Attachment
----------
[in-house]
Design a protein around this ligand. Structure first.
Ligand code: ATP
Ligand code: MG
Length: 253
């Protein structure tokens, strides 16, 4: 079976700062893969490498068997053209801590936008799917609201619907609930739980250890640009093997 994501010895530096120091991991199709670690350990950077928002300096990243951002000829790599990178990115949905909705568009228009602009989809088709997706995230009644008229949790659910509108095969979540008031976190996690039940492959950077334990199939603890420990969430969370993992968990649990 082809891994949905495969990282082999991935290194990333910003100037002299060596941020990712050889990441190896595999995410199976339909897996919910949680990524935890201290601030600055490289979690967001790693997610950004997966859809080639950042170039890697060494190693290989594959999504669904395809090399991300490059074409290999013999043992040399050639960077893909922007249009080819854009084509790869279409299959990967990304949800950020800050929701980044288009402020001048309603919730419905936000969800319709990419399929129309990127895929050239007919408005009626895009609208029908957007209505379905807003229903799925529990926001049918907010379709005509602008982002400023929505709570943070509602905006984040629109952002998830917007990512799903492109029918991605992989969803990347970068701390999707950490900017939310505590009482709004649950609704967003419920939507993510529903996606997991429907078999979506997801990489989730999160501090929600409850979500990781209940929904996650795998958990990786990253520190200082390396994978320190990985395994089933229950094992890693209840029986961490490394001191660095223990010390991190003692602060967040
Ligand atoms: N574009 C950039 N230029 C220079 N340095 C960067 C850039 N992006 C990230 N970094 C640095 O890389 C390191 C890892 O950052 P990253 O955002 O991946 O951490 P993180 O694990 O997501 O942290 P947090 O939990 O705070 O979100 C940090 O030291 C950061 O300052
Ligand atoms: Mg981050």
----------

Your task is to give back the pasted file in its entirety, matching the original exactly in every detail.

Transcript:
[in-house]
Design a protein around this ligand. Structure first.
Ligand code: ATP
Ligand code: MG
Length: 253
């Protein structure tokens, strides 16, 4: 079976700062893969490498068997053209801590936008799917609201619907609930739980250890640009093997 994501010895530096120091991991199709670690350990950077928002300096990243951002000829790599990178990115949905909705568009228009602009989809088709997706995230009644008229949790659910509108095969979540008031976190996690039940492959950077334990199939603890420990969430969370993992968990649990 082809891994949905495969990282082999991935290194990333910003100037002299060596941020990712050889990441190896595999995410199976339909897996919910949680990524935890201290601030600055490289979690967001790693997610950004997966859809080639950042170039890697060494190693290989594959999504669904395809090399991300490059074409290999013999043992040399050639960077893909922007249009080819854009084509790869279409299959990967990304949800950020800050929701980044288009402020001048309603919730419905936000969800319709990419399929129309990127895929050239007919408005009626895009609208029908957007209505379905807003229903799925529990926001049918907010379709005509602008982002400023929505709570943070509602905006984040629109952002998830917007990512799903492109029918991605992989969803990347970068701390999707950490900017939310505590009482709004649950609704967003419920939507993510529903996606997991429907078999979506997801990489989730999160501090929600409850979500990781209940929904996650795998958990990786990253520190200082390396994978320190990985395994089933229950094992890693209840029986961490490394001191660095223990010390991190003692602060967040
Ligand atoms: N574009 C950039 N230029 C220079 N340095 C960067 C850039 N992006 C990230 N970094 C640095 O890389 C390191 C890892 O950052 P990253 O955002 O991946 O951490 P993180 O694990 O997501 O942290 P947090 O939990 O705070 O979100 C940090 O030291 C950061 O300052
Ligand atoms: Mg981050």